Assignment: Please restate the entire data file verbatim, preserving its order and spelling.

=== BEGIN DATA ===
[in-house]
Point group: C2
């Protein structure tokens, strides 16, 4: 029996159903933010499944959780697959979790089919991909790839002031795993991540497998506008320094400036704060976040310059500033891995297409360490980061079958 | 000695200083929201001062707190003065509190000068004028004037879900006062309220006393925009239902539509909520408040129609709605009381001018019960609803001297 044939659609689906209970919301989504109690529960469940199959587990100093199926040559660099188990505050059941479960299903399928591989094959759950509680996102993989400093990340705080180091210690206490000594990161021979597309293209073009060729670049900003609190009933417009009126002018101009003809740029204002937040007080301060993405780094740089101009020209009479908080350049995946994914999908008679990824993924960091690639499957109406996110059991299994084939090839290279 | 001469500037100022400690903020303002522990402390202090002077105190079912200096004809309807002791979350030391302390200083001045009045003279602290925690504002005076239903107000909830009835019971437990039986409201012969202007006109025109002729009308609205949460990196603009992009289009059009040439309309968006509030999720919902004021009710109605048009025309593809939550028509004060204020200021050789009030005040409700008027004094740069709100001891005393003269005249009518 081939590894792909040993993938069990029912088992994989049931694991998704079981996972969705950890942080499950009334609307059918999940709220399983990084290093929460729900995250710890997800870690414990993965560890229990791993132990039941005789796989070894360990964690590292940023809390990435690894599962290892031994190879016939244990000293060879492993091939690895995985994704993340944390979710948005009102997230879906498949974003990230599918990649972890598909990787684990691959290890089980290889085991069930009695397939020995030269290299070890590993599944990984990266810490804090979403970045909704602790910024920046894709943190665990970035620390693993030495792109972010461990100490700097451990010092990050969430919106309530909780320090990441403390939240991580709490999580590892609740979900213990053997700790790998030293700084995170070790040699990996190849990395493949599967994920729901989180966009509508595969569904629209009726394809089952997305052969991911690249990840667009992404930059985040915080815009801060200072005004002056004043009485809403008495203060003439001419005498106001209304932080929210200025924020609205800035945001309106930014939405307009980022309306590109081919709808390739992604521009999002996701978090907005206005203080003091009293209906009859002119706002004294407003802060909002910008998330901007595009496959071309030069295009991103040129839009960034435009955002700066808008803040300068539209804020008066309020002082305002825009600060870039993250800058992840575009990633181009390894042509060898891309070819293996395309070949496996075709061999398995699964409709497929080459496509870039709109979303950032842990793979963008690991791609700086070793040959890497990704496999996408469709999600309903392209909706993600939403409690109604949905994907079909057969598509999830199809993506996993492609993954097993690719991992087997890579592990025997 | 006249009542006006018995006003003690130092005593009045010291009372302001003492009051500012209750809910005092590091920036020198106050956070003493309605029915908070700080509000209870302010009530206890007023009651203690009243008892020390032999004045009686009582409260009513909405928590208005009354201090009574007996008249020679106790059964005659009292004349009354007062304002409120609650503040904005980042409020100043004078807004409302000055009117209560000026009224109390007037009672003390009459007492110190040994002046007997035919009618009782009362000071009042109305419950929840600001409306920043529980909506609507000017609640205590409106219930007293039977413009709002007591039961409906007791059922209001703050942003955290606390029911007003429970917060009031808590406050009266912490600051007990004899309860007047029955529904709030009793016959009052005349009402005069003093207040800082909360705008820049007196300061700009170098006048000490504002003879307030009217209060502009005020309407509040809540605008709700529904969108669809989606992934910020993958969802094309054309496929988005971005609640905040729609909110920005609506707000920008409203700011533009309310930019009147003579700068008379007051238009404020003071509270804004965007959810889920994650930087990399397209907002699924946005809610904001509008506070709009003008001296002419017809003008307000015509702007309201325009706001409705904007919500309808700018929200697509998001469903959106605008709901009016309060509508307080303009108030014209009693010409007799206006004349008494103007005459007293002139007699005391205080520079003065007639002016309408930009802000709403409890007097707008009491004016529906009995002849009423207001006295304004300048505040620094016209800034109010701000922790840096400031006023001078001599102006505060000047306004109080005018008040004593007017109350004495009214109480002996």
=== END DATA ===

[in-house]
Point group: C2
């Protein structure tokens, strides 16, 4: 029996159903933010499944959780697959979790089919991909790839002031795993991540497998506008320094400036704060976040310059500033891995297409360490980061079958 | 000695200083929201001062707190003065509190000068004028004037879900006062309220006393925009239902539509909520408040129609709605009381001018019960609803001297 044939659609689906209970919301989504109690529960469940199959587990100093199926040559660099188990505050059941479960299903399928591989094959759950509680996102993989400093990340705080180091210690206490000594990161021979597309293209073009060729670049900003609190009933417009009126002018101009003809740029204002937040007080301060993405780094740089101009020209009479908080350049995946994914999908008679990824993924960091690639499957109406996110059991299994084939090839290279 | 001469500037100022400690903020303002522990402390202090002077105190079912200096004809309807002791979350030391302390200083001045009045003279602290925690504002005076239903107000909830009835019971437990039986409201012969202007006109025109002729009308609205949460990196603009992009289009059009040439309309968006509030999720919902004021009710109605048009025309593809939550028509004060204020200021050789009030005040409700008027004094740069709100001891005393003269005249009518 081939590894792909040993993938069990029912088992994989049931694991998704079981996972969705950890942080499950009334609307059918999940709220399983990084290093929460729900995250710890997800870690414990993965560890229990791993132990039941005789796989070894360990964690590292940023809390990435690894599962290892031994190879016939244990000293060879492993091939690895995985994704993340944390979710948005009102997230879906498949974003990230599918990649972890598909990787684990691959290890089980290889085991069930009695397939020995030269290299070890590993599944990984990266810490804090979403970045909704602790910024920046894709943190665990970035620390693993030495792109972010461990100490700097451990010092990050969430919106309530909780320090990441403390939240991580709490999580590892609740979900213990053997700790790998030293700084995170070790040699990996190849990395493949599967994920729901989180966009509508595969569904629209009726394809089952997305052969991911690249990840667009992404930059985040915080815009801060200072005004002056004043009485809403008495203060003439001419005498106001209304932080929210200025924020609205800035945001309106930014939405307009980022309306590109081919709808390739992604521009999002996701978090907005206005203080003091009293209906009859002119706002004294407003802060909002910008998330901007595009496959071309030069295009991103040129839009960034435009955002700066808008803040300068539209804020008066309020002082305002825009600060870039993250800058992840575009990633181009390894042509060898891309070819293996395309070949496996075709061999398995699964409709497929080459496509870039709109979303950032842990793979963008690991791609700086070793040959890497990704496999996408469709999600309903392209909706993600939403409690109604949905994907079909057969598509999830199809993506996993492609993954097993690719991992087997890579592990025997 | 006249009542006006018995006003003690130092005593009045010291009372302001003492009051500012209750809910005092590091920036020198106050956070003493309605029915908070700080509000209870302010009530206890007023009651203690009243008892020390032999004045009686009582409260009513909405928590208005009354201090009574007996008249020679106790059964005659009292004349009354007062304002409120609650503040904005980042409020100043004078807004409302000055009117209560000026009224109390007037009672003390009459007492110190040994002046007997035919009618009782009362000071009042109305419950929840600001409306920043529980909506609507000017609640205590409106219930007293039977413009709002007591039961409906007791059922209001703050942003955290606390029911007003429970917060009031808590406050009266912490600051007990004899309860007047029955529904709030009793016959009052005349009402005069003093207040800082909360705008820049007196300061700009170098006048000490504002003879307030009217209060502009005020309407509040809540605008709700529904969108669809989606992934910020993958969802094309054309496929988005971005609640905040729609909110920005609506707000920008409203700011533009309310930019009147003579700068008379007051238009404020003071509270804004965007959810889920994650930087990399397209907002699924946005809610904001509008506070709009003008001296002419017809003008307000015509702007309201325009706001409705904007919500309808700018929200697509998001469903959106605008709901009016309060509508307080303009108030014209009693010409007799206006004349008494103007005459007293002139007699005391205080520079003065007639002016309408930009802000709403409890007097707008009491004016529906009995002849009423207001006295304004300048505040620094016209800034109010701000922790840096400031006023001078001599102006505060000047306004109080005018008040004593007017109350004495009214109480002996």